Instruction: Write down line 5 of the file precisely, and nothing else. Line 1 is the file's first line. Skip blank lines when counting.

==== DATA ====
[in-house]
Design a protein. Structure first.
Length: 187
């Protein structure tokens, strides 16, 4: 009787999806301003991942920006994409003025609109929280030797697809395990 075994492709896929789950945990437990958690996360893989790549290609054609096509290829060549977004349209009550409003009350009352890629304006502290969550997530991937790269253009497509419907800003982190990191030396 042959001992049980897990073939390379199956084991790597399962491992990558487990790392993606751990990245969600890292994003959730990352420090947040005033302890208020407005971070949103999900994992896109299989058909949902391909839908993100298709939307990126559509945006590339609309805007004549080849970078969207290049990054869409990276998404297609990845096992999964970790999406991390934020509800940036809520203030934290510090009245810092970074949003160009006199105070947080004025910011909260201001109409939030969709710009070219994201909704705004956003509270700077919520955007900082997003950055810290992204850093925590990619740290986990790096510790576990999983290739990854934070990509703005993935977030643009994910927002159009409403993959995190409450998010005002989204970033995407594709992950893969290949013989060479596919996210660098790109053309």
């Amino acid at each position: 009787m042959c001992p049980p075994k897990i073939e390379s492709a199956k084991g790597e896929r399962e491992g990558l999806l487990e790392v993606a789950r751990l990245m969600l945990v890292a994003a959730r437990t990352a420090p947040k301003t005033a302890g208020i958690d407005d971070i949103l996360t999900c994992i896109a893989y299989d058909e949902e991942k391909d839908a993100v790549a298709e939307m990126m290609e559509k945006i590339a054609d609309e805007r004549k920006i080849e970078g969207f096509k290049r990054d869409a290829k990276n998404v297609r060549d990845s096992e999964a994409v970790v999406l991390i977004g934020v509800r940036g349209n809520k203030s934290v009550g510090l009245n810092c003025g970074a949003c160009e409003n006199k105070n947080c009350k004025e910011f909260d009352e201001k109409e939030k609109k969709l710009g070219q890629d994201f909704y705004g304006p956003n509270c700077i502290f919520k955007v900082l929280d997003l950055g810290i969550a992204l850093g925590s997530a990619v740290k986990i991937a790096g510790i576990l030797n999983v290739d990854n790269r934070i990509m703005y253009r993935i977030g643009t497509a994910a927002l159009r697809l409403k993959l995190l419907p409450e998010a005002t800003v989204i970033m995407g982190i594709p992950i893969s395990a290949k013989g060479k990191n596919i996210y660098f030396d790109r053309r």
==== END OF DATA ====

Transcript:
């Amino acid at each position: 009787m042959c001992p049980p075994k897990i073939e390379s492709a199956k084991g790597e896929r399962e491992g990558l999806l487990e790392v993606a789950r751990l990245m969600l945990v890292a994003a959730r437990t990352a420090p947040k301003t005033a302890g208020i958690d407005d971070i949103l996360t999900c994992i896109a893989y299989d058909e949902e991942k391909d839908a993100v790549a298709e939307m990126m290609e559509k945006i590339a054609d609309e805007r004549k920006i080849e970078g969207f096509k290049r990054d869409a290829k990276n998404v297609r060549d990845s096992e999964a994409v970790v999406l991390i977004g934020v509800r940036g349209n809520k203030s934290v009550g510090l009245n810092c003025g970074a949003c160009e409003n006199k105070n947080c009350k004025e910011f909260d009352e201001k109409e939030k609109k969709l710009g070219q890629d994201f909704y705004g304006p956003n509270c700077i502290f919520k955007v900082l929280d997003l950055g810290i969550a992204l850093g925590s997530a990619v740290k986990i991937a790096g510790i576990l030797n999983v290739d990854n790269r934070i990509m703005y253009r993935i977030g643009t497509a994910a927002l159009r697809l409403k993959l995190l419907p409450e998010a005002t800003v989204i970033m995407g982190i594709p992950i893969s395990a290949k013989g060479k990191n596919i996210y660098f030396d790109r053309r």